As soon as you walk into the Rondo when the doors open at 7.30, you can see it’s been transformed. Core Theatre Productions have turned the intimate yet open space into a dark forest; with large trees and green drapes, even leaves trailing up along the auditorium, the space is almost unrecognisable. Credit goes to set designer Julia Marshall-Wessendorf for such a radical change in atmosphere and aesthetic.
The show itself is a mixture of various fairytales, from Little Red Riding Hood and Hansel and Gretel, to Sleeping Beauty and Rumpelstiltskin. We follow the story with the help of The Story Teller and meet many weird and wonderful characters along the way.
It was particularly refreshing to see a mainly female cast, with The Prince being the only male character. It was clear from the beginning that this ensemble (Laura Bentley, Mayur Bhatt, Anna Gahlin, Laura Ollerton, Emma Firman, Darcy Roles and Natalie Taylor) had banded together as a tight team to devise this piece, with Co-Directors Sarah Larmour and Jennie Woloschuk at the helm. Stand-out performances came from Anna Gahlin and Laura Ollerton as Baba and Yaga, who reminded me of an (only slightly) toned down version of Cinderella’s Ugly Sisters. The two women gave the show a breath of fresh air every time they entered with extremely funny lines and a great rapport.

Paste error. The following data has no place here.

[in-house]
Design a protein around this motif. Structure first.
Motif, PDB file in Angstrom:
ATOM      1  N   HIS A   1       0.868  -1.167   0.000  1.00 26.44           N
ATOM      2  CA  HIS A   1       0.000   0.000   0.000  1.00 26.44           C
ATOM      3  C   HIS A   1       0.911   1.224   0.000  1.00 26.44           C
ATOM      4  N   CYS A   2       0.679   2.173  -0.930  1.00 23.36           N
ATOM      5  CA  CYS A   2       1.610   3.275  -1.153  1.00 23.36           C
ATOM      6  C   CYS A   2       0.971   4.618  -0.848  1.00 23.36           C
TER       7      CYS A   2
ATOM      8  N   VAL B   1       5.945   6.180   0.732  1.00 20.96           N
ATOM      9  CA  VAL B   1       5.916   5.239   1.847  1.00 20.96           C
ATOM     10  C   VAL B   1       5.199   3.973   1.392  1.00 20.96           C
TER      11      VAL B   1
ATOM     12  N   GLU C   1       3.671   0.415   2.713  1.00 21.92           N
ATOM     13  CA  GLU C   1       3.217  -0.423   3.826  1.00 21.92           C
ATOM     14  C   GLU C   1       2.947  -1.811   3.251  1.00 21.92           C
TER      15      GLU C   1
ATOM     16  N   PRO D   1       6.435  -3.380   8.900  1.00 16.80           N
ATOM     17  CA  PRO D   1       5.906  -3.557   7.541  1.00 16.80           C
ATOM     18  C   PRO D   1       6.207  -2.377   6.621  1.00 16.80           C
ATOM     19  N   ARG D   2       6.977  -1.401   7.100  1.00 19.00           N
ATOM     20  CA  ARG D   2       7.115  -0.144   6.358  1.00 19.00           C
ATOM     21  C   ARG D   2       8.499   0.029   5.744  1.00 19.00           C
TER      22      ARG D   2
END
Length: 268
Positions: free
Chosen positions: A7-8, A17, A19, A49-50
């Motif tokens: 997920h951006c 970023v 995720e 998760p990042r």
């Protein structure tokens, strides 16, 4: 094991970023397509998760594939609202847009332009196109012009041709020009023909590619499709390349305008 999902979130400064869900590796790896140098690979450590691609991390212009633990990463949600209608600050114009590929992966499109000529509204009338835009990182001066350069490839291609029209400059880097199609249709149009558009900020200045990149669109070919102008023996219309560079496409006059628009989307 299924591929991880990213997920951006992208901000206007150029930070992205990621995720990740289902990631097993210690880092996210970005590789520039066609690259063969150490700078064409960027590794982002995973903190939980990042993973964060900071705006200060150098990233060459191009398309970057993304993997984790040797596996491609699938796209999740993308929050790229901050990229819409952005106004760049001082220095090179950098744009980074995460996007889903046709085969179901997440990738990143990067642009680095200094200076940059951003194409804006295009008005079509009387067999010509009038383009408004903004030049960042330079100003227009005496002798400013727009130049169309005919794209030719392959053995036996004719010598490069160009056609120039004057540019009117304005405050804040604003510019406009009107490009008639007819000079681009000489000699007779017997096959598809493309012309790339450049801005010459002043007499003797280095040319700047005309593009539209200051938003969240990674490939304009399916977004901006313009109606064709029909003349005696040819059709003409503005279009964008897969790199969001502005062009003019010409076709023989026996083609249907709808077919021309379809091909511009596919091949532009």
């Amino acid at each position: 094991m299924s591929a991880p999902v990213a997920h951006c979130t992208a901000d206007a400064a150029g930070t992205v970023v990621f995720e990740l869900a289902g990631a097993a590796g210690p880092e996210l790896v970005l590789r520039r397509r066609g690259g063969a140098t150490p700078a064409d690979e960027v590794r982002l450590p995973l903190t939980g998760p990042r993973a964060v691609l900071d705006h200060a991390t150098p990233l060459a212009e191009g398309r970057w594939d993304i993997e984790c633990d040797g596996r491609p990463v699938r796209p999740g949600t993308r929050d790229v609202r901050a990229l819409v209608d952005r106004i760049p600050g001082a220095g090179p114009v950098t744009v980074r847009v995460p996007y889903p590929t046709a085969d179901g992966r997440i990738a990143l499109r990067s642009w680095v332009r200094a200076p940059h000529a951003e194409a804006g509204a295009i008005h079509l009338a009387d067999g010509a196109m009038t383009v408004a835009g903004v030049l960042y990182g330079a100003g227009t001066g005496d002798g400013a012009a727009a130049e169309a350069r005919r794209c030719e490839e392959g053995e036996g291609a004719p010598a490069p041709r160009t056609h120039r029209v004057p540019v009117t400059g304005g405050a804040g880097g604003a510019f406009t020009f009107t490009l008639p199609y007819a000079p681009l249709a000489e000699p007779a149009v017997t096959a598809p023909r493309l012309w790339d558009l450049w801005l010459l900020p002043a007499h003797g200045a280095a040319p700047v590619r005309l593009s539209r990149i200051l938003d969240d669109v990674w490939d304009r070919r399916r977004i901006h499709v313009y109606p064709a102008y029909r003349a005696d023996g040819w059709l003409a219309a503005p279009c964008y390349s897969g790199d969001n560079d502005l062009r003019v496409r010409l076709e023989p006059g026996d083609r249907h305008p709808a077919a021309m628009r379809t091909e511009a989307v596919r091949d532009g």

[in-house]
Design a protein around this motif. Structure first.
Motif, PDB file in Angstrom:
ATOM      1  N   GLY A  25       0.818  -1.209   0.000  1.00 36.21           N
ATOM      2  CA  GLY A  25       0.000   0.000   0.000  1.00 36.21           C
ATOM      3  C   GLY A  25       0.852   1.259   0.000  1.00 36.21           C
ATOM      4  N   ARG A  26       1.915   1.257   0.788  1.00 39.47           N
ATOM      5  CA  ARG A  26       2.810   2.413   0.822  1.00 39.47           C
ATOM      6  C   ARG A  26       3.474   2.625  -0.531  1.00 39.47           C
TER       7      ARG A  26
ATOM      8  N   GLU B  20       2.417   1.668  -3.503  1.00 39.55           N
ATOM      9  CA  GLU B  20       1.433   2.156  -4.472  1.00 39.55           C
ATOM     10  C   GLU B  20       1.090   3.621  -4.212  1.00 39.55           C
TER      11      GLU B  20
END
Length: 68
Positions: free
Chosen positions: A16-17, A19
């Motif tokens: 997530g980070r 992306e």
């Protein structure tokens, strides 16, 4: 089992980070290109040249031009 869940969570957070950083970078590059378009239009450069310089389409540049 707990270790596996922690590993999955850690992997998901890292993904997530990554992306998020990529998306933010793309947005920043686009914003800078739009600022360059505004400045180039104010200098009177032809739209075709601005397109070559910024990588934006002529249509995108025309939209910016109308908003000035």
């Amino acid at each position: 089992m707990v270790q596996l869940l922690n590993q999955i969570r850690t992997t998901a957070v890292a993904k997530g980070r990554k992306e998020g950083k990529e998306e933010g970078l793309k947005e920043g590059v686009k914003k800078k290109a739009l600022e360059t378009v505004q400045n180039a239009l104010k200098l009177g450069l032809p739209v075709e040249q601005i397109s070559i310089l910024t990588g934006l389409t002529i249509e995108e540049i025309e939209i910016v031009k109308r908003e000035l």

There was nice use of some techniques, The Story Teller’s use of puppets was very well done and Laura Bentley (puppet master for the evening) was able to time the audience perfectly to get laughs. The hidden glade behind the gauze at the back of the stage was another lovely effect, used perfectly to reveal the hidden beauty whilst she lay awaiting her Prince.
The twists and turns of the piece, reversing our idea of how a real fairytale should be, kept the audience guessing all the way to the end, and provided an entertaining evening for all.